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Help: Speakers

Speaker Types

Speakers come in four basic forms:-

  • Dual cone
  • Coaxial (also known as 2 way, 3 way, etc ).
  • Components
  • Subwoofers

Dual Cone Speakers

Dual cone speakers use a secondary cone within the centre of the main cone (see illustration). The inner cone has a lower mass than the main cone, resulting in resonance at higher frequencies. This helps to improve the high frequency response of the speaker. Ultimately however, treble level and dispersion can never match that of either coaxial or component speakers.

Coaxial Speakers

Coaxial speakers (often referred to as two way, three way or similar) use additional drivers mounted within the main cone (see illustration). Two way coaxial speakers use a tweeter within the main cone to give much better treble response and dispersion than a conventional dual cone speaker. Three and four way coaxial speakers use a tweeter (or tweeters), plus a midrange driver (or drivers). The main benefit of coaxials is that they are relatively cheap to produce, and virtualy all will give better response than a dual cone speaker. Mounting the tweeter within the centre of the main cone does however degrade sound quality, and very few coaxials will perform as well as a good component kit.

Component Speakers

Unlike most other speakers, component systems use a seperate tweeter, which can be mounted completely independently from the mid/bass driver. This allows the tweeter to be mounted in a better optimised location. Sound quality is further enhanced by the fact that the tweeter no longer interferes with the output from the mid/bass driver. Additionally, external crossovers are used, which divide the full range signal into seperate low (bass) and high (treble) frequency signals, with these then fed to the mid/bass driver and tweeter respectively. This again improves efficiency of each driver, further improving the resultant output.

Subwoofers

Subwoofers are designed with one sole purpose - to reproduce very low frequency sound (ie. bass). To get an overall balanced sound, most subwoofer systems will require around three times the power of the main system speakers. As a result, they use large magnets, bigger surface area, and have much higher excursion (vertical cone movement) than full range speakers. To function effectively, most subwoofers need to be mounted in a correctly sized enclosure.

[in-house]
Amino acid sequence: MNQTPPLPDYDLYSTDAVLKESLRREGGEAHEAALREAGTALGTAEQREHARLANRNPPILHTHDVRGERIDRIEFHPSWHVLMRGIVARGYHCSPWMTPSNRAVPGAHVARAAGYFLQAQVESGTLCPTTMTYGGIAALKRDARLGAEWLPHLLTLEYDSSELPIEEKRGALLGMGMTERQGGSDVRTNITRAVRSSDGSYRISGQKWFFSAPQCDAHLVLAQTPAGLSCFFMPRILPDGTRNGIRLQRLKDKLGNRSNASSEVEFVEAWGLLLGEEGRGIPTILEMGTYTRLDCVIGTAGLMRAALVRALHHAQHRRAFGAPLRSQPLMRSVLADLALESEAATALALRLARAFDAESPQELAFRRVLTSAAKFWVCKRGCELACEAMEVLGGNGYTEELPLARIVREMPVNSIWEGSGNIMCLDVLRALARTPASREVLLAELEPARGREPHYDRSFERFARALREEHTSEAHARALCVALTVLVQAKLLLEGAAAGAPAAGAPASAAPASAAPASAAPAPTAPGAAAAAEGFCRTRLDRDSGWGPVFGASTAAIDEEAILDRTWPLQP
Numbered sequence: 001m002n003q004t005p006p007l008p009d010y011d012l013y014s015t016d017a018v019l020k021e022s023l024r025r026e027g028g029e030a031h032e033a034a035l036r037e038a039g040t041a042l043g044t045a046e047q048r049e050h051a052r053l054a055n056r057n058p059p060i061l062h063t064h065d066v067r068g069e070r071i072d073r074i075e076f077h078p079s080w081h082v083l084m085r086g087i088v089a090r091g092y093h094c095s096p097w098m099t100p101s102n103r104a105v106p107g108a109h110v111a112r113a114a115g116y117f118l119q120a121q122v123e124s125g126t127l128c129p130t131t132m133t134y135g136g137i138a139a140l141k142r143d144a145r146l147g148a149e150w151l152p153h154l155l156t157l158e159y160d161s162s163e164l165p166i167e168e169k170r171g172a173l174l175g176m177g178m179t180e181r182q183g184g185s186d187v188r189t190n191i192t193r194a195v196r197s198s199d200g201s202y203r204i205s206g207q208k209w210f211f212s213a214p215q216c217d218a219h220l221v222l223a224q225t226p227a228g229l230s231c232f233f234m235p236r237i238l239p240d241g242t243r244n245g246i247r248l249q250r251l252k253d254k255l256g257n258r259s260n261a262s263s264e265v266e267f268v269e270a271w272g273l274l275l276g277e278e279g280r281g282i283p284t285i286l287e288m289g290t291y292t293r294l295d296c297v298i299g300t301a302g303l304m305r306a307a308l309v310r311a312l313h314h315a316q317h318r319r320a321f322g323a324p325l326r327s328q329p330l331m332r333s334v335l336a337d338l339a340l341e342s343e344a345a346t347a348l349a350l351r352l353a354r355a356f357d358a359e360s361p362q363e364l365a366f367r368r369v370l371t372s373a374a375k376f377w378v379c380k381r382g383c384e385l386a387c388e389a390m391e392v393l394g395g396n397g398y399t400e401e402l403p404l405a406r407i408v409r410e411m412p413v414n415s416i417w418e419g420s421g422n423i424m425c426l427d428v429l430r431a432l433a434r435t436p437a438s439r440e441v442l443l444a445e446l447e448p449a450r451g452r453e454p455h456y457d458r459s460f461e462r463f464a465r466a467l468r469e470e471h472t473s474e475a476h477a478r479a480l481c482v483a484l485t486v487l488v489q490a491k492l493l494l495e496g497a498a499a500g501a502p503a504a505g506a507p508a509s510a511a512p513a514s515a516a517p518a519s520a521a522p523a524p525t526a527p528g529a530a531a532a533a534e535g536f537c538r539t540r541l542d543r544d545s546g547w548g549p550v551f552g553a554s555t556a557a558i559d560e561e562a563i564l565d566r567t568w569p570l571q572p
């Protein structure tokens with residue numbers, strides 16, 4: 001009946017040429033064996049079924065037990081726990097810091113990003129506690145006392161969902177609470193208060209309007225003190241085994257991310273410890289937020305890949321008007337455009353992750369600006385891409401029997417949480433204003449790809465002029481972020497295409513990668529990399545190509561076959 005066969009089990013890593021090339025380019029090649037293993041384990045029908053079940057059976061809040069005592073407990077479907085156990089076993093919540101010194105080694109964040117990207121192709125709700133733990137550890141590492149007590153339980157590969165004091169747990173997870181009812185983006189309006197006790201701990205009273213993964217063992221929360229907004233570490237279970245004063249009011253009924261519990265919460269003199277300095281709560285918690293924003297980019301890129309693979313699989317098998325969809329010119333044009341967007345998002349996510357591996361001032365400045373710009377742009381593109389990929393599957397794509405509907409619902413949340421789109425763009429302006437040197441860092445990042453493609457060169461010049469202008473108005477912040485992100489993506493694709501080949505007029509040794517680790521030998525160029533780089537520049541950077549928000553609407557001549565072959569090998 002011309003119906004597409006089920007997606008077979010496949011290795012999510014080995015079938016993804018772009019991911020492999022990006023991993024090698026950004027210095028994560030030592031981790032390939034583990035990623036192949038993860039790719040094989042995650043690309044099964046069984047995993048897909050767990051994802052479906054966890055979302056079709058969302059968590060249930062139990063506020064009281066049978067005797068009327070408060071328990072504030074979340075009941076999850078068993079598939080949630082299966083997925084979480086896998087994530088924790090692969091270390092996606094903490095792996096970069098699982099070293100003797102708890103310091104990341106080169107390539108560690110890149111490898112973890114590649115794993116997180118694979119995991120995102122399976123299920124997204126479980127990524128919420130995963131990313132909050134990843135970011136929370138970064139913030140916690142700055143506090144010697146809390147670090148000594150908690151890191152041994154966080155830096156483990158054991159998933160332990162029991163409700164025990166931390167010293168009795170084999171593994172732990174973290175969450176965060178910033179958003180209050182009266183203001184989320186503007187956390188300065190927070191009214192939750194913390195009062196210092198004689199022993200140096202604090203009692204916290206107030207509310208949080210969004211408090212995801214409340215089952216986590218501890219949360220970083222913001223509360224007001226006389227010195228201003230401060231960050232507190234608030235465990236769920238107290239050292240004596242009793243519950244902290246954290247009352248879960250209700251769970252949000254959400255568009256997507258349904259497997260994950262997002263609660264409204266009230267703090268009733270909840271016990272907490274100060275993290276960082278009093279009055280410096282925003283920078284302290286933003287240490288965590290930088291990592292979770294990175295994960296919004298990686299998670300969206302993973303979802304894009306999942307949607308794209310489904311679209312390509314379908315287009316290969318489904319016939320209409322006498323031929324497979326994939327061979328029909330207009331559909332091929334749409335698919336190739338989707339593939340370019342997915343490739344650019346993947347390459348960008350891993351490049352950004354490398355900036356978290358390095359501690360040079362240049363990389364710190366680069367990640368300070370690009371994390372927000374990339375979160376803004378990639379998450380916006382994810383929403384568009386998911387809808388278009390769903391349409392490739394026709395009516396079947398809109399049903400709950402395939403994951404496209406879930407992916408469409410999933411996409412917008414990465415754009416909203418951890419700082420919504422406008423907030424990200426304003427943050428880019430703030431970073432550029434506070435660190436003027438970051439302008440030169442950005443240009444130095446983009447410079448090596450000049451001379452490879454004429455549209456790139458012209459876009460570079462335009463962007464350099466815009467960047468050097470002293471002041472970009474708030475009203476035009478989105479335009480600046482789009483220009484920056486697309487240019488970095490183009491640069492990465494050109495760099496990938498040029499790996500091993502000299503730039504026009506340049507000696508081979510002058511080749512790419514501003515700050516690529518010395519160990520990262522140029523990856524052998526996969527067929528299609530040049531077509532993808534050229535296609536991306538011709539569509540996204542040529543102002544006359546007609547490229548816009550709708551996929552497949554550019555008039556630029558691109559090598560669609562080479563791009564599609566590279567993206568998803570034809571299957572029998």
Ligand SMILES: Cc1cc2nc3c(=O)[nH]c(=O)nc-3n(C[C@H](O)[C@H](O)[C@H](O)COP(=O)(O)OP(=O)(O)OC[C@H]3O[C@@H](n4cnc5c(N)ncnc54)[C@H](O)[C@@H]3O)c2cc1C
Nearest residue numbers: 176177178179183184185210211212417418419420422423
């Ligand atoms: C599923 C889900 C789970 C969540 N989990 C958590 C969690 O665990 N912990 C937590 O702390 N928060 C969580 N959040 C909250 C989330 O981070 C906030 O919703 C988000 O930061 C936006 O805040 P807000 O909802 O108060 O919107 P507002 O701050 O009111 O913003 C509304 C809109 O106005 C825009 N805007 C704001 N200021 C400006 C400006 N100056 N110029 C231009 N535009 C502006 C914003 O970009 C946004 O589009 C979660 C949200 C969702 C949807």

Power Handling

Probably the biggest myth within the car audio field is that power handling equals volume, and that a speaker that handles more watts will always be louder. Generally speaking, this can lead to major problems including damage to speakers and/or amplifiers. A well matched system with a relatively conservative power rating can easily outperform a badly matched system utilising speakers with vast power handling.

As a general rule, the best speaker to choose is one with an RMS power figure just above the RMS power output of the amplifier (or head unit) it is being powered from. This helps to ensure that the speaker can handle the thermal demands placed on it by the amplifier.

Speakers with high power handling generally have a low sensitivity. When run from an under-sized amplifier, the end result tends to be disappointing. As a result, the user inevitably tries to force more power from the amplifier than it can safely deliver. As this happens, the DC content within the amplifier's output signal increases. The voice coil within the speaker is designed to handle AC current. As the level of DC increases, the thermal effects on the speaker's voice coil increase drastically, causing burn voice coils and melted coil coatings. Very often, this causes a drop in voice coil resistance, which can cause the amplifier to fail.



MP3 CD Car Audio Head Units : Car Amplifiers : Marine Audio : Alpine CDE-123R : 6x9 Car Speakers : Fusion MS-RA200 : Sony MEX-BT2900
Sony MEX-BT3900U : Kenwood KDC-DAB4551U : Kenwood DPX404U : Ring Automotive : JVC KD-DB42 : Kenwood KDC-BT52U : JL Audio